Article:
Tuesday, October 19, 2010

Household enterprises. Are they really that different?

There is increasing consensus on viewing informal enterprises in developing countries as operating on the basis of a cost-benefit decision: to go formal and reap the potential benefits of economies of scale, access to credit, legal protection, access to government procurement and access to government sponsored assistance programmes; or stay informal thus avoiding the costs associated with registration, licensing and taxes (and potentially also hiding from a predatory bureaucracy). The general idea is that the decision is the outcome of weighing up these costs and benefits along with the likelihood of being caught, of being punished if caught, and the scale of the punishment if caught and punished.

First off, this assumes firm managers know of their obligations as enterprises  in the first place. Further, if the benefits are deemed pretty minimal (i.e. poor legal enforcement even for formal firms, not much opportunity for economies of scale given the size of the reachable market etc) and the enforcement mechanisms weak, then you're more likely to get lots of informality.

At the household (HH) level, there is an argument that micro firms (or nano?) are just the bottom end of the size spectrum, an observation based on Latin American experience (by Maloney, Fajnzylber and others in a number of papers). However, those who are more in touch with these household enterprises (HEs) in SSA suggest that they are very different and not enterprises as such. More just survivalist activities with no potential for expansion at all.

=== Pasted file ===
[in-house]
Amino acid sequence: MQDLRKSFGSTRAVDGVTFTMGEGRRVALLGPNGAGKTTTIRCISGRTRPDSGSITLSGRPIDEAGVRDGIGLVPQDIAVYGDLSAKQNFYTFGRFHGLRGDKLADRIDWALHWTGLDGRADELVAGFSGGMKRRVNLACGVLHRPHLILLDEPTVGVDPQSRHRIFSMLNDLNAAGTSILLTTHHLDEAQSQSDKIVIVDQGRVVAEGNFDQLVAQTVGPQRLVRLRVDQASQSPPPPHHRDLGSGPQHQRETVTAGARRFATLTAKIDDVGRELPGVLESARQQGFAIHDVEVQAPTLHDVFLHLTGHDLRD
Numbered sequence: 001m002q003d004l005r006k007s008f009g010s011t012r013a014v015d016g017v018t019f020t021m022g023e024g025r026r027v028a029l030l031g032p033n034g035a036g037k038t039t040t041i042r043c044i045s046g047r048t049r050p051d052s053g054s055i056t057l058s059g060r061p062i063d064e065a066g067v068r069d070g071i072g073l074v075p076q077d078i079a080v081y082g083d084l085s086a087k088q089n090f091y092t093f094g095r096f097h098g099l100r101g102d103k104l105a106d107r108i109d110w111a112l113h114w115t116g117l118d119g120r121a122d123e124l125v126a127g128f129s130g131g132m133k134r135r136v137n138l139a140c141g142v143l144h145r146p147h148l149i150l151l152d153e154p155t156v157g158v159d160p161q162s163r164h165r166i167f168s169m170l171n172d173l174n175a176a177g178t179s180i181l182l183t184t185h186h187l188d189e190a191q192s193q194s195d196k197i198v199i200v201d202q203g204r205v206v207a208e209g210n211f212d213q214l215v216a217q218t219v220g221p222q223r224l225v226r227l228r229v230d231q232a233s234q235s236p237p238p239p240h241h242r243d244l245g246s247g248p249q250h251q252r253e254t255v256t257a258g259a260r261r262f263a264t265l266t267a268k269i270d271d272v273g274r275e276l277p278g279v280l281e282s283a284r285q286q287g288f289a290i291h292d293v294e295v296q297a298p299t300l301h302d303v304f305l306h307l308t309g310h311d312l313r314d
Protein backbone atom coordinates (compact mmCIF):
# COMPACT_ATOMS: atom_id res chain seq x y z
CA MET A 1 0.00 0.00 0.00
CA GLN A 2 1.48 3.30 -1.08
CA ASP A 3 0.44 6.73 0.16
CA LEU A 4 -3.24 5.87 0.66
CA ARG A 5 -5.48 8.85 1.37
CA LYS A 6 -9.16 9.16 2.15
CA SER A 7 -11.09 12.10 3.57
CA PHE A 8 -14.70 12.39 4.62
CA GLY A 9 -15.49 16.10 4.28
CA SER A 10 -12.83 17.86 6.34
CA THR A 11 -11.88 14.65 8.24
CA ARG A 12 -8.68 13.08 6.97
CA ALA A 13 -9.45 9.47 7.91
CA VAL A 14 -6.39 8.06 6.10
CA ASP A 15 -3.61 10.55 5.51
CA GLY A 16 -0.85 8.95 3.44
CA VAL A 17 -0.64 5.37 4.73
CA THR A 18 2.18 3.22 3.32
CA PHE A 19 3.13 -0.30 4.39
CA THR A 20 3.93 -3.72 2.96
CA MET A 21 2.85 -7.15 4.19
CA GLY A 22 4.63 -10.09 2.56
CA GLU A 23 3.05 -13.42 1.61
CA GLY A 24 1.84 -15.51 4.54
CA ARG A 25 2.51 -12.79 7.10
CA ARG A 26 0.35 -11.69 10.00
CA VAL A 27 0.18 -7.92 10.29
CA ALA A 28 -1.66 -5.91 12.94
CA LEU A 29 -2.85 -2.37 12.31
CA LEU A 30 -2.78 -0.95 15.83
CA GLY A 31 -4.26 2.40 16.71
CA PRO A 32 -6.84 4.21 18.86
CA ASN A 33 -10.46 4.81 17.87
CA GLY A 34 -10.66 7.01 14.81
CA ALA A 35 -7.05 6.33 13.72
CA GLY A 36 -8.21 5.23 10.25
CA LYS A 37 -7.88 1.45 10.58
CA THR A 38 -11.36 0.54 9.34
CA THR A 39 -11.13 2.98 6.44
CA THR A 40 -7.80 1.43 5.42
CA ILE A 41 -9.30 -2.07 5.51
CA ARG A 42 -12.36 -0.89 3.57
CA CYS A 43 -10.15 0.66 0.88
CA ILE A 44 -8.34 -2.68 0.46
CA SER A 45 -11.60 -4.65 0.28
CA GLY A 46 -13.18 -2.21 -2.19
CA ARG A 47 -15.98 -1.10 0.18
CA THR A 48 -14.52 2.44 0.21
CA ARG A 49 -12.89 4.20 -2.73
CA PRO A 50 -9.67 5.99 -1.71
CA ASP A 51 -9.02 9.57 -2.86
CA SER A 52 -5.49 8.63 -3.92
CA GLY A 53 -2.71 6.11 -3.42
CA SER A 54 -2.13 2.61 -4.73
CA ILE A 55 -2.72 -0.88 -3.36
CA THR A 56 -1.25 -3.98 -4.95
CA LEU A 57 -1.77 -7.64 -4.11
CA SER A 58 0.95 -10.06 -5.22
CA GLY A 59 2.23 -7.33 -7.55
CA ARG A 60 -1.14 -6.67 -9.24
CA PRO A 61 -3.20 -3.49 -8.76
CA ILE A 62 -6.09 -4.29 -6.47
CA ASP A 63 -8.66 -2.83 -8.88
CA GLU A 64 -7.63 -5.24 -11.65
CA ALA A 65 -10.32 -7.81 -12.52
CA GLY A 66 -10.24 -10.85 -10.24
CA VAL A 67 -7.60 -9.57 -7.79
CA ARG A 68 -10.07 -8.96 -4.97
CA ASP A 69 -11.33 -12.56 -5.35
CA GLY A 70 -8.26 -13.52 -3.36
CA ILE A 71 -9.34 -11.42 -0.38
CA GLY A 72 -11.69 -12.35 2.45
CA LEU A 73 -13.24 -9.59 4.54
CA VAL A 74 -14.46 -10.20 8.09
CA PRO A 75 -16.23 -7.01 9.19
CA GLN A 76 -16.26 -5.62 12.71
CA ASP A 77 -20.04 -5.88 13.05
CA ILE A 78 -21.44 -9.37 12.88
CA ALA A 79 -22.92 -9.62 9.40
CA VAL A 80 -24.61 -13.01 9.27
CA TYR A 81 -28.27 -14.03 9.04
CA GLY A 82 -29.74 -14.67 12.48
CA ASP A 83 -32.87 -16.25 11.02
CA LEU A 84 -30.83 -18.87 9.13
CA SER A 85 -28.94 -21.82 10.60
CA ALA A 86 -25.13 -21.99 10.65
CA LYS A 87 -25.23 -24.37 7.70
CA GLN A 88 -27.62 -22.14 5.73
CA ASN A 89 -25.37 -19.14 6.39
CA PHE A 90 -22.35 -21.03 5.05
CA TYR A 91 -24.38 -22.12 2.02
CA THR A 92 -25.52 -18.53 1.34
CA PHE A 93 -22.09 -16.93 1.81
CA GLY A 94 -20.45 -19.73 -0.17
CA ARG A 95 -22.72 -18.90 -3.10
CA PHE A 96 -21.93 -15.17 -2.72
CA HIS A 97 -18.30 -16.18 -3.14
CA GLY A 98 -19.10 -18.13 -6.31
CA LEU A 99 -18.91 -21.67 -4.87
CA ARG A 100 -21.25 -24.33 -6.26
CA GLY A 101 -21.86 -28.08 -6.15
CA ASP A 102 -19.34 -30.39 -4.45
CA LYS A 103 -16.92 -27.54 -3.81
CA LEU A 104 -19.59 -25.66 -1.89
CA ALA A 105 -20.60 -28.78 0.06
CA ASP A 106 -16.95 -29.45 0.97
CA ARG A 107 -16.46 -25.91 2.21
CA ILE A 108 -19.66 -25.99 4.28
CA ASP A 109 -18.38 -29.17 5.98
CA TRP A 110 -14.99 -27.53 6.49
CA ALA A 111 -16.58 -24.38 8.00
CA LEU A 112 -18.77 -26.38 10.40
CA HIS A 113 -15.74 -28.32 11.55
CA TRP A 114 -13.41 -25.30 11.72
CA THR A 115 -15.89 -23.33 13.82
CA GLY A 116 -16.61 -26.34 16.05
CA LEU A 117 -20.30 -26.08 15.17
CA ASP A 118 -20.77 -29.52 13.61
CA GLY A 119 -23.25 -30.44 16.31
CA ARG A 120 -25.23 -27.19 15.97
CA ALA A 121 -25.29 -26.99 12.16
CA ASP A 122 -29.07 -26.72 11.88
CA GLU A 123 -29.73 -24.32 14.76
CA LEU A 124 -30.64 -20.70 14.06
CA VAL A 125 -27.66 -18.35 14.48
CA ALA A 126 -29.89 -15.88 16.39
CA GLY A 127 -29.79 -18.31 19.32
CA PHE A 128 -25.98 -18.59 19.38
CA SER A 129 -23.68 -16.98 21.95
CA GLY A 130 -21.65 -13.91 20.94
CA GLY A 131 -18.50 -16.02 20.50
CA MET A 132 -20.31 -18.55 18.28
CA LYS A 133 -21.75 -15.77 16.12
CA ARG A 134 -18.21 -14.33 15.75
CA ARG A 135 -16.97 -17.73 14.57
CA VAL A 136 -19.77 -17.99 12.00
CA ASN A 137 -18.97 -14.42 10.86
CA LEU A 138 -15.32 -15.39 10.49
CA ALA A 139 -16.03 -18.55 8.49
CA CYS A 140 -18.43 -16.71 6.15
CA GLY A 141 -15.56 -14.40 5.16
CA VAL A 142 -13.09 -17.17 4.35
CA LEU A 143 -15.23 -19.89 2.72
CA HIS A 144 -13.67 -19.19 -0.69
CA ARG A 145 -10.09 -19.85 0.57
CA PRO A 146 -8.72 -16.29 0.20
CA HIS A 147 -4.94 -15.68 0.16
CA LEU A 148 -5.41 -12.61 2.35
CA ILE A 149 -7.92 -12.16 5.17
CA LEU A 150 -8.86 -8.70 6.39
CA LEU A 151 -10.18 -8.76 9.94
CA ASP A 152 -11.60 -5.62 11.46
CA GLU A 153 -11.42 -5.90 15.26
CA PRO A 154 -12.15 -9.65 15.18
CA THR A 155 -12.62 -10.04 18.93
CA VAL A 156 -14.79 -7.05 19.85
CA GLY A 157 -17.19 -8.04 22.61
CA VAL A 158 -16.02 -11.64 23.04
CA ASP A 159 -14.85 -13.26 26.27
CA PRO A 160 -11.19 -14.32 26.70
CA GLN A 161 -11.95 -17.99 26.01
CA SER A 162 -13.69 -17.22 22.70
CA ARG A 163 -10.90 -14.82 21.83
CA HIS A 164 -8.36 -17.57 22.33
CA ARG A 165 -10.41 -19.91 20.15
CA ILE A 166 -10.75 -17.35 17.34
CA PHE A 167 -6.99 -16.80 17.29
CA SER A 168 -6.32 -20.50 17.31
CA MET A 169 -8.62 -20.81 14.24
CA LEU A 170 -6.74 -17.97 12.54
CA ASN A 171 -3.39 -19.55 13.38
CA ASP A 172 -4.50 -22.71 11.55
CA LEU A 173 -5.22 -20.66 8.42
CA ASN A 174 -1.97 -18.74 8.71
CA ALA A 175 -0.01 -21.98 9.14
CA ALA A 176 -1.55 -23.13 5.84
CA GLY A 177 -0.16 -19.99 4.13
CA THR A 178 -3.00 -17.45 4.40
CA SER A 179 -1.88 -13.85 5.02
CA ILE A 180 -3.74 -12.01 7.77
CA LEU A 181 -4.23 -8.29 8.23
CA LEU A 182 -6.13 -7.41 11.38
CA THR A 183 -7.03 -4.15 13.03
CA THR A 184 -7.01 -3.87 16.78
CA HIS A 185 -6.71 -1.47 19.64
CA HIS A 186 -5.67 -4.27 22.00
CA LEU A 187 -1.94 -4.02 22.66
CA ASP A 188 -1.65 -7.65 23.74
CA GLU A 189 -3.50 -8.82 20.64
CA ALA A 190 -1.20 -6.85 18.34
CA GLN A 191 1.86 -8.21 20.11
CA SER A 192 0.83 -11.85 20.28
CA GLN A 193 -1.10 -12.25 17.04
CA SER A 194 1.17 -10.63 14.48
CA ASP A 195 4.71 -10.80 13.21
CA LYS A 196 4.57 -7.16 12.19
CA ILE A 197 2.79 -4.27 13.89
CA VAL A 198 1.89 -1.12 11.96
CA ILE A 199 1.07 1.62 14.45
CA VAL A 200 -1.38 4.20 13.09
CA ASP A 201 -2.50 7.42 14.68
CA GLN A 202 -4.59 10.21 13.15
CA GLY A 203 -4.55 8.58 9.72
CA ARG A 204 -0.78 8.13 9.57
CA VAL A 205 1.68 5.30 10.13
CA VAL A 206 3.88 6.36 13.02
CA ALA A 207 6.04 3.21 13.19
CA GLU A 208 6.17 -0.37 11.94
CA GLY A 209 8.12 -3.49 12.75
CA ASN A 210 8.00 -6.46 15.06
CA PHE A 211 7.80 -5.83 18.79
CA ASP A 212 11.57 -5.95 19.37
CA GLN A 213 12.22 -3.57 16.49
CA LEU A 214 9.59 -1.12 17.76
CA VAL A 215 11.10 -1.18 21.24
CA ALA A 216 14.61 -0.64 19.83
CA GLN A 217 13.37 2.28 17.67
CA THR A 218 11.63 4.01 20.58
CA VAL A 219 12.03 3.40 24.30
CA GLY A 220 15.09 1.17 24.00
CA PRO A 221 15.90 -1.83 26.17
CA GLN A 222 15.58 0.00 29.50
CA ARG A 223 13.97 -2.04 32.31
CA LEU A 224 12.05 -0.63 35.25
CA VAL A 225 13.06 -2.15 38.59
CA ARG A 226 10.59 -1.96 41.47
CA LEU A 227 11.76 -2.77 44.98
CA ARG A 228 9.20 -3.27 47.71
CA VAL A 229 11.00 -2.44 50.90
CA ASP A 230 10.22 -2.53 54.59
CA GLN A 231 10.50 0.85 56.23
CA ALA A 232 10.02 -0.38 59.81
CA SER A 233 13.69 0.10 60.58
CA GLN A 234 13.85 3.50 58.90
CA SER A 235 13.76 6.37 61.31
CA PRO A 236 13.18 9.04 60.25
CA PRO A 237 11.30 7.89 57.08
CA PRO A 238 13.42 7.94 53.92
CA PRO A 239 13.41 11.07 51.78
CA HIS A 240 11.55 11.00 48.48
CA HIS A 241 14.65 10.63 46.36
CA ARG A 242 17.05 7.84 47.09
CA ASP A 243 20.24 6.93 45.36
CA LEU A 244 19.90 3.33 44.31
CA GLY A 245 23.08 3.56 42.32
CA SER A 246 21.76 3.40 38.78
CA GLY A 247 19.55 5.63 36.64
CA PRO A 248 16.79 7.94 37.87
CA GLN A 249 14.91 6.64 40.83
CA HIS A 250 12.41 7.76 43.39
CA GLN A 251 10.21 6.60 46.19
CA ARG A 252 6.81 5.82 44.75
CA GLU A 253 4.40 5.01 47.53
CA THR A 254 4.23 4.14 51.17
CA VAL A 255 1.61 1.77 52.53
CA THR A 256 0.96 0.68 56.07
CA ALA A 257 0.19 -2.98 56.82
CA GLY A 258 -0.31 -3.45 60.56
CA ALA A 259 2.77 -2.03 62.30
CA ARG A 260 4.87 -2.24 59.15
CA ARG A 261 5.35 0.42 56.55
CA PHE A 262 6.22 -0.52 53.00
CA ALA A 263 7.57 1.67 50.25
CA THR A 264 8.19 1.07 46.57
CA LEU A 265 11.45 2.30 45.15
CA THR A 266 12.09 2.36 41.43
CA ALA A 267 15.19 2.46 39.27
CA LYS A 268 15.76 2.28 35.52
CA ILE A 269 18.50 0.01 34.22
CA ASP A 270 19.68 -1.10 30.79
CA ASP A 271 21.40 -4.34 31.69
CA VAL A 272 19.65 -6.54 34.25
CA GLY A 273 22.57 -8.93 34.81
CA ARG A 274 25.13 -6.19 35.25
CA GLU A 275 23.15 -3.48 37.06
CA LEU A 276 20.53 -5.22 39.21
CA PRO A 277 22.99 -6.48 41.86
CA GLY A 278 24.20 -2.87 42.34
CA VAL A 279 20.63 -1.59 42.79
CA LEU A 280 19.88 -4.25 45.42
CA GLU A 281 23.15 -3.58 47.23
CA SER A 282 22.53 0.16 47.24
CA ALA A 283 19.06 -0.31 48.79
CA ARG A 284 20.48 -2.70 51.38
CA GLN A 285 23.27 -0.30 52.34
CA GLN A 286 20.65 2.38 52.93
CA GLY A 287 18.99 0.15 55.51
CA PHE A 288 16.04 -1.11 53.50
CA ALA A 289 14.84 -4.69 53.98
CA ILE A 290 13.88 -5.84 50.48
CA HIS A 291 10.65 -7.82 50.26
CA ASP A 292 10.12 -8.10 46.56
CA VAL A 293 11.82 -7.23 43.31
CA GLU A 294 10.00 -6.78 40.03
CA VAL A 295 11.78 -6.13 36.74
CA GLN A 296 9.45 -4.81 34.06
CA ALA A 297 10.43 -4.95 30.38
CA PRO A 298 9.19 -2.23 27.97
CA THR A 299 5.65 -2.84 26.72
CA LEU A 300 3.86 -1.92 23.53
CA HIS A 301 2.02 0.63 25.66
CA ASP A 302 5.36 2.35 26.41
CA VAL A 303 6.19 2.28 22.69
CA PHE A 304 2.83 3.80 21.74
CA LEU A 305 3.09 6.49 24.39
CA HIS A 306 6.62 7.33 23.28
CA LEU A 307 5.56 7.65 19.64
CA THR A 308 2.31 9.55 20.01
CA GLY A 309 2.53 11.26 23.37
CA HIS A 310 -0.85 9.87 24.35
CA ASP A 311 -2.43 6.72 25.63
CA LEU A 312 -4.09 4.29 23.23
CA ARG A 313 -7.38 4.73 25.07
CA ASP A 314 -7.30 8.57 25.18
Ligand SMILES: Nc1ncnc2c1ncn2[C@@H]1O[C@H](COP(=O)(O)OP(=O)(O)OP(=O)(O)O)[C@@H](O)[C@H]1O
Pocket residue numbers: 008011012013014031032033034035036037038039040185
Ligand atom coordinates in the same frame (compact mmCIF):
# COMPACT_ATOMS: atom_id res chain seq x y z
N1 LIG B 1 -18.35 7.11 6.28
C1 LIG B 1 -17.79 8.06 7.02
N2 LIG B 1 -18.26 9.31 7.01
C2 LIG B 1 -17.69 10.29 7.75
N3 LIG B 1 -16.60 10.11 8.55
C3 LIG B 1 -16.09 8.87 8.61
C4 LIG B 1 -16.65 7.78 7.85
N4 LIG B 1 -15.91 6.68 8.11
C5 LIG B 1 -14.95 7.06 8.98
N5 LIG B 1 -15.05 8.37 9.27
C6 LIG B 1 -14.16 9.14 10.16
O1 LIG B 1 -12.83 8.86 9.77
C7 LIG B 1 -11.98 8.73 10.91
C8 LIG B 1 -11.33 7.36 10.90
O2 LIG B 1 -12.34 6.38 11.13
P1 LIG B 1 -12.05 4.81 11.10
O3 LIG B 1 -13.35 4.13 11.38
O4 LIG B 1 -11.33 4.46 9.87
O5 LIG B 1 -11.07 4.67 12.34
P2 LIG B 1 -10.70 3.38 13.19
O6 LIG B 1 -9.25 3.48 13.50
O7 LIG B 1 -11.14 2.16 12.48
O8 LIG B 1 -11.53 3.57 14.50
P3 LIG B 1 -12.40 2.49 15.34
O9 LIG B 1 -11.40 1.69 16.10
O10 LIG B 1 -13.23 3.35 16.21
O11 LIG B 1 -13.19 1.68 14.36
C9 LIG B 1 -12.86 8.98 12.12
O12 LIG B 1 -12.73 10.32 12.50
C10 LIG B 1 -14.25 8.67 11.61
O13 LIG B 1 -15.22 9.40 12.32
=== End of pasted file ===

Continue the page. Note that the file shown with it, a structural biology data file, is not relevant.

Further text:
Still, the framework would seem to fit. For very small firms (like one-man firms), the benefits to formality are likely to be miniscule compared to the costs, while the balance is likely to shift towards greater benefits from fomrality as the firm increases in size towards some kind of size threshold (something I actually examined in my PhD thesis using manufacturing enterprises data).  Even regarding the knowledge, you could assume that if it was beneficial, the individuals would hear about it and find out themselves about formalising.

However, even if the framework seems to fit, where does that leave us in terms of any policy implications? It doesn’t necessarily imply that business environment reforms (reducing the costs of formal registration, for example) would have any effect – being a one-man band would require some pretty simple requirements to make it worthwhile for anyone, especially if enforcement is weak and the benefits pretty negligible (apart, perhaps, from avoiding hassle). Maybe only when the public goods provided by government (legal recourse etc) become dependable and valuable (and excludable) for formal firms will you get any change.

Whose interest is it in to encourage more formality anyway if they end up being less productive (as some studies suggest)? Perhaps to get people in the system so that if they DO expand then they do so within the system? That might work for some but it seems a pretty broad assumption....

These thoughts were provoked by my reading a Ugandan household survey report, and a paper by Zinnes on Informality and Business Environment Reforms (IRIS, 2009).


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